The Impact of Spatial Resolution on the Representation of Extreme Precipitation in a Climate Model.

Volosciuk, Claudia D., Maraun, Douglas, Semenov, Vladimir A. and Park, Wonsun (2013) The Impact of Spatial Resolution on the Representation of Extreme Precipitation in a Climate Model. [Talk] In: EGU General Assembly 2013. , 07.-12.04.2013, Vienna, Austria ; EGU2013-10386 . Geophysical Research Abstracts, 15 .

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Extreme weather events can have serious impacts on human society as well as on ecosystems. Future and recent changes, as well as the underlying atmospheric mechanisms of the extremes, are usually estimated from climate model simulations that employ atmospheric general circulation models (AGCMs) of relatively coarse horizontal resolution (of the order of a few hundred kilometers). This coarse resolution has an impact on simulated extreme
events, particularly precipitation extremes.
Since heavy precipitation events are highly variable in space, precipitation extremes are expected to decrease with bigger grid size due to the effect of averaging individual small scale events across a bigger area. Coarser horizontal and vertical resolution may also degrade the representation of some physical processes. To study the impact of horizontal and vertical model resolution on the representation of extreme precipitation events, we analysed simulations with the ECHAM5 AGCM at different horizontal (T213, T159, T106, T63, T42, T31) and vertical resolutions (L31 for T213 to T42, and L19 for T63 to T31) using the same transient present day (1982-2009) boundary forcing (sea surface temperature and sea ice concentration). For each season and grid box, parameters of a stationary generalised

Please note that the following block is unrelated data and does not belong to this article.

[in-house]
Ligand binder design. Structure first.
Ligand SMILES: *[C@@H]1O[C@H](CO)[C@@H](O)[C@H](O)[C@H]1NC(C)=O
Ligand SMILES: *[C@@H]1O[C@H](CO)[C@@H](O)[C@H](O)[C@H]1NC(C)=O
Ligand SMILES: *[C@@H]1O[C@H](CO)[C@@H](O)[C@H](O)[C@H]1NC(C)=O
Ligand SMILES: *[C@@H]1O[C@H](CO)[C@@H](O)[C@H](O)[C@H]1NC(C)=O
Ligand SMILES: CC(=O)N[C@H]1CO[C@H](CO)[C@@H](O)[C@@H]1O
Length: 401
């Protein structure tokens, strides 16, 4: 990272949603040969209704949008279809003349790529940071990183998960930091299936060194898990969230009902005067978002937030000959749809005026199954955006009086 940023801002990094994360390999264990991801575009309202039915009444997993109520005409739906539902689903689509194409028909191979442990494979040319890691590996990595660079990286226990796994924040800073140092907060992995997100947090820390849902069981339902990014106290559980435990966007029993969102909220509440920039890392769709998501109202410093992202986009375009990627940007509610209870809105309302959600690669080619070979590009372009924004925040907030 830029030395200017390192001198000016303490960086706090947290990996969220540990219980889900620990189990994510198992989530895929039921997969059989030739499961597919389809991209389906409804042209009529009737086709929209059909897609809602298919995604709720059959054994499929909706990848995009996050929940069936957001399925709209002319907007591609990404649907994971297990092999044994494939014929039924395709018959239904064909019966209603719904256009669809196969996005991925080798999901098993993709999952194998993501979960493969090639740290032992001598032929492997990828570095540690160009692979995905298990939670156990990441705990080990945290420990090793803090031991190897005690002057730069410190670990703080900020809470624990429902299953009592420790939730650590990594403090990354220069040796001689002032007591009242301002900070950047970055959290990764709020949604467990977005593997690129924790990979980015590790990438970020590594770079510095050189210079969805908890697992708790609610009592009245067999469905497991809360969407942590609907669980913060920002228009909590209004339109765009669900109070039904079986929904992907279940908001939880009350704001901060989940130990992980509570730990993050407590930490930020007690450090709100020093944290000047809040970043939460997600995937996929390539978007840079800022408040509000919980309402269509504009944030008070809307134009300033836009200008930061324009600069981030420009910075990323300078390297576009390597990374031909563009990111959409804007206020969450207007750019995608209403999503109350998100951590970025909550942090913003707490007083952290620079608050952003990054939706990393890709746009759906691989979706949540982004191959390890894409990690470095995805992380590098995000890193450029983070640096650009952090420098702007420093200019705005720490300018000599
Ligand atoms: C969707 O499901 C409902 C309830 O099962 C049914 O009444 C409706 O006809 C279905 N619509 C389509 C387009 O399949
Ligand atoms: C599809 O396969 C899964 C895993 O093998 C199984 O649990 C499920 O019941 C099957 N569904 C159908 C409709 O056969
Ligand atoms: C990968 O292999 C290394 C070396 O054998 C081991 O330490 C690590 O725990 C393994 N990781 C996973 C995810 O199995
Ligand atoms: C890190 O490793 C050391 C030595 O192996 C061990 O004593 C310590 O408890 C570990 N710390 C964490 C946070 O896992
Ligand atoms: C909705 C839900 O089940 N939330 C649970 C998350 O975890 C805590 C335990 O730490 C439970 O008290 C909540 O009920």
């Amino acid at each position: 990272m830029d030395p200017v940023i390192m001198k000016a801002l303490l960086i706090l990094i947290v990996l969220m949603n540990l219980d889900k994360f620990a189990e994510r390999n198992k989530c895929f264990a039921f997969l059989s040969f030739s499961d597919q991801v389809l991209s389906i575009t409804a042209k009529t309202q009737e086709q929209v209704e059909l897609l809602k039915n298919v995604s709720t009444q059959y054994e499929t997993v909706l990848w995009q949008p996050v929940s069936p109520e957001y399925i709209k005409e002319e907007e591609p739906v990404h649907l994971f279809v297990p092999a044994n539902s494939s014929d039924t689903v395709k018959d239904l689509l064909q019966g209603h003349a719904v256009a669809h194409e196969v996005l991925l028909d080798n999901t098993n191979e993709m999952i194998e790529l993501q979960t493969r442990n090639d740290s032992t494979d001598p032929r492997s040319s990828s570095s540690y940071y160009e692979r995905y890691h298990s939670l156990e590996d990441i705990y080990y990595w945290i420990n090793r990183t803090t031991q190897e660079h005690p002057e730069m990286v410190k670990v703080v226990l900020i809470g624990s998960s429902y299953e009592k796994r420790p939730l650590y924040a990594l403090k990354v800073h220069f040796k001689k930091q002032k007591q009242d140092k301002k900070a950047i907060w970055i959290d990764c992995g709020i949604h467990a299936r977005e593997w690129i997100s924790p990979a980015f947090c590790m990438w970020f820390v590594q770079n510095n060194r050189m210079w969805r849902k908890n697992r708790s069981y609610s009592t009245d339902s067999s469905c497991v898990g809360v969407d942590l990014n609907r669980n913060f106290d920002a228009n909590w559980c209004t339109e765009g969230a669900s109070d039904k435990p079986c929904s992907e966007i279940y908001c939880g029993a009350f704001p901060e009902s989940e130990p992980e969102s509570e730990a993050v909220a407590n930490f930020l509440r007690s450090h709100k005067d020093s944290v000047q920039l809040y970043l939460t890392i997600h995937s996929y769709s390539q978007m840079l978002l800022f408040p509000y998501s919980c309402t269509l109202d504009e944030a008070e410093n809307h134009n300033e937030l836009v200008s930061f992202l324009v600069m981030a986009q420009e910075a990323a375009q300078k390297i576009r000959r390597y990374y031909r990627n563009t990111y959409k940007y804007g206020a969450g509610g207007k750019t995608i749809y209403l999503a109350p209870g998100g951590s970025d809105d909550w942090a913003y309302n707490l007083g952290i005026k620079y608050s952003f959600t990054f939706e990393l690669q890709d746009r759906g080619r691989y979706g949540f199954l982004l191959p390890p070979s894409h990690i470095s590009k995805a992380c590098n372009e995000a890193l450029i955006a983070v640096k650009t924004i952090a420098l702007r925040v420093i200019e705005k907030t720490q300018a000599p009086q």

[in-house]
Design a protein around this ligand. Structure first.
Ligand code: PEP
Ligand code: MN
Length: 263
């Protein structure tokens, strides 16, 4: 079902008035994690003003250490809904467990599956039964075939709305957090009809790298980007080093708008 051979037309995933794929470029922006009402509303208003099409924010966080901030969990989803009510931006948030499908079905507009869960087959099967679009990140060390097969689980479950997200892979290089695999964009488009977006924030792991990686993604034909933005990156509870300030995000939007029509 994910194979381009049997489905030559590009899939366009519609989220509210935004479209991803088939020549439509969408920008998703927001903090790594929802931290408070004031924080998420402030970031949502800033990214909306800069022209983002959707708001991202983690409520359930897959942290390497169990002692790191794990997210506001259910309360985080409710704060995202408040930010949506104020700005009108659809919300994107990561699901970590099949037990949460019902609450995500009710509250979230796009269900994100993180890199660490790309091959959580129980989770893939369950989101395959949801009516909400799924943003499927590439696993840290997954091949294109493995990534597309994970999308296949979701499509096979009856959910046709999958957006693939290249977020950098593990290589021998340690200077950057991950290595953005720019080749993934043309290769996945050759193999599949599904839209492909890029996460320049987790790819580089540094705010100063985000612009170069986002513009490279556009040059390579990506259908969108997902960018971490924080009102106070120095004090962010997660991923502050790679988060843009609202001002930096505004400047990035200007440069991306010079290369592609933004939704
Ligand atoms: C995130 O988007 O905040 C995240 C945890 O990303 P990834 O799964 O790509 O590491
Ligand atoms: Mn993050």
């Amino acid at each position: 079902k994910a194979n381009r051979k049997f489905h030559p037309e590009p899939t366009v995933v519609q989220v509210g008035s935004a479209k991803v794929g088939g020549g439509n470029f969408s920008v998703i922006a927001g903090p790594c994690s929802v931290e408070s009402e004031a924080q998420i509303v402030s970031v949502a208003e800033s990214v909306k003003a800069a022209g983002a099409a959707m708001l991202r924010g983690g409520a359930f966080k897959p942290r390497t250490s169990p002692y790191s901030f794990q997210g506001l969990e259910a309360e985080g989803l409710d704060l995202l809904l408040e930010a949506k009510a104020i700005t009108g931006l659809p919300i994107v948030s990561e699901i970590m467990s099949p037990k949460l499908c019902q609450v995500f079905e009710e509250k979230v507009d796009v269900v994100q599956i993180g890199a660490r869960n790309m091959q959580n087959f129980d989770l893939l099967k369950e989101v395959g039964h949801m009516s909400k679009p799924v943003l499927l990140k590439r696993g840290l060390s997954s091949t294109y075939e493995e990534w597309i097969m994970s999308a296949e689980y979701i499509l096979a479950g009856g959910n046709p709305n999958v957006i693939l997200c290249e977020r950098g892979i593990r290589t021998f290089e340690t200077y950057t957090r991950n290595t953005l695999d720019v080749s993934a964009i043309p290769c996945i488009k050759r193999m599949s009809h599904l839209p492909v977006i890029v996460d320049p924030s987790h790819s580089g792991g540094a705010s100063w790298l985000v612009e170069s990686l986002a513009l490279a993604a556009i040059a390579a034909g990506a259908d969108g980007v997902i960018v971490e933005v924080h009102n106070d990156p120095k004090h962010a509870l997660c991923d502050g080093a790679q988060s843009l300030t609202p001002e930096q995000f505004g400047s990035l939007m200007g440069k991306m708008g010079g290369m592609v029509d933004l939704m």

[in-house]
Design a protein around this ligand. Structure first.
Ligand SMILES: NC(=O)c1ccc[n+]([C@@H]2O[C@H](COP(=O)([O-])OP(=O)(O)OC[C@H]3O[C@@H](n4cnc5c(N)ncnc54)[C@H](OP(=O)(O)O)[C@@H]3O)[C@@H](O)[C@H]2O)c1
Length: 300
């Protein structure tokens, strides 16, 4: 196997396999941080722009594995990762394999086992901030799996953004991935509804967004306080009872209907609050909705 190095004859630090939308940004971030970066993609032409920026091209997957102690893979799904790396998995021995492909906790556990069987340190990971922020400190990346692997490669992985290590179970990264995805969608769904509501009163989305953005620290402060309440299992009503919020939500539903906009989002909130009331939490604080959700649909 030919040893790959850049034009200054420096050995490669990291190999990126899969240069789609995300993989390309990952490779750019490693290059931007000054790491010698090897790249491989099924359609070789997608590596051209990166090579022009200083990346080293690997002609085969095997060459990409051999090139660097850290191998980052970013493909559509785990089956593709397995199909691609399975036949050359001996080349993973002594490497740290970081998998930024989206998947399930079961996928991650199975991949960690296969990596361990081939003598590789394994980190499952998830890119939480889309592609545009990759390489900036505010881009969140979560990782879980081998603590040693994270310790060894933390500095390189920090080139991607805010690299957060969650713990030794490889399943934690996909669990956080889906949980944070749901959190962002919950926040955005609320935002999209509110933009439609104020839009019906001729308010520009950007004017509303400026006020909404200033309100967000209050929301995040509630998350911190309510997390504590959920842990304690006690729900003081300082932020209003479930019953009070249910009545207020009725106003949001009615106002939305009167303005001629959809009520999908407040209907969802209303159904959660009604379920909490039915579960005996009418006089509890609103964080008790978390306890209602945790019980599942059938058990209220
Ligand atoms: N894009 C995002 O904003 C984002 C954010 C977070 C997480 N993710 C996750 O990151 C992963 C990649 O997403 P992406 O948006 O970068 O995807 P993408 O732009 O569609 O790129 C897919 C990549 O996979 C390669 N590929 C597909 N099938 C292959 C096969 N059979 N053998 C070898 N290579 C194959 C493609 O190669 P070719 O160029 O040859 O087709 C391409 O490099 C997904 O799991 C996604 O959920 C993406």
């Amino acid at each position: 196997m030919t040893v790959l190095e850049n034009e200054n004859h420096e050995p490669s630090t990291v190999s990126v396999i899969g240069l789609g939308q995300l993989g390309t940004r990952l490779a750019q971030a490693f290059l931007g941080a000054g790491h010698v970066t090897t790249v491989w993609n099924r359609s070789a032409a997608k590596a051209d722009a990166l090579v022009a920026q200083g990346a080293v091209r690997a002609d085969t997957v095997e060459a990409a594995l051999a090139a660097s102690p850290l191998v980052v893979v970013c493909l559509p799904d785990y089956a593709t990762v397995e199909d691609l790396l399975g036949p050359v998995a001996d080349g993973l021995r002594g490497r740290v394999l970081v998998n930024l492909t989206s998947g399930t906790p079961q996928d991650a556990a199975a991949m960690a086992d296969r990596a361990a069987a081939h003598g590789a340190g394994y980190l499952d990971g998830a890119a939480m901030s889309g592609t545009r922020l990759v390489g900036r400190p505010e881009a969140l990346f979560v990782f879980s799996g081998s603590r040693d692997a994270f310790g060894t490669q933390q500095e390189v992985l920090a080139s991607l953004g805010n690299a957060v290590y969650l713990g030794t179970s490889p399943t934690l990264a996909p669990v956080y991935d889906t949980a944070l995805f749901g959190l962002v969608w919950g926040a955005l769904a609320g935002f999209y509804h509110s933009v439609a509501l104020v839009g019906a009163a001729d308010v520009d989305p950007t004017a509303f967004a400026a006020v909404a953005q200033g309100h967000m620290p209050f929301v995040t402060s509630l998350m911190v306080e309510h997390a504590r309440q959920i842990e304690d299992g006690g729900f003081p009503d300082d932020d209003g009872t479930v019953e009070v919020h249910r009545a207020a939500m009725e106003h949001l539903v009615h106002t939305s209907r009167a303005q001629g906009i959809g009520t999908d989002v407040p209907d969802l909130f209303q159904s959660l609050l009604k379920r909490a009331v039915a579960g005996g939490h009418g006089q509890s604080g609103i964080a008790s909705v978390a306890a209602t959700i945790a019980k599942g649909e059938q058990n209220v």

extreme value (GEV) distribution were estimated and 20 season return values were derived as a measure of extreme precipitation. All results are compared to the simulation with the highest resolution, T213L31. To disentangle the effect of averaging from the scale dependent representation of physical processes, the high resolution T213 was averaged to the grids of the coarser resolutions for comparison on equal spatial scales.
As expected, the return values decrease with coarser resolution. However, the scale dependency changes with region and season. Strongly decreasing return values were found between T106 and T63 covering an almost entire
zonal band, which is particularly pronounced in regions of deep convection. It is worthwhile to note, however, that even at the most crude T31L19 resolution, the model was still capable of representing extreme precipitation over
the northern hemisphere in winter reasonably well. These precipitation events are mainly caused by large frontal systems. We found high vertical resolution to also be very important for a better simulation of extreme precipitation, as a coarser vertical resolution yields an equatorwards shift of the intertropical convergence zone (ITCZ). The representation of mean precipitation was found to be practically independent of horizontal model resolution

Document Type: Conference or Workshop Item (Talk)
Research affiliation: OceanRep > GEOMAR > FB1 Ocean Circulation and Climate Dynamics > FB1-ME Maritime Meteorology
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Projects: EUREX
Date Deposited: 17 Oct 2013 12:35
Last Modified: 18 Oct 2013 08:33

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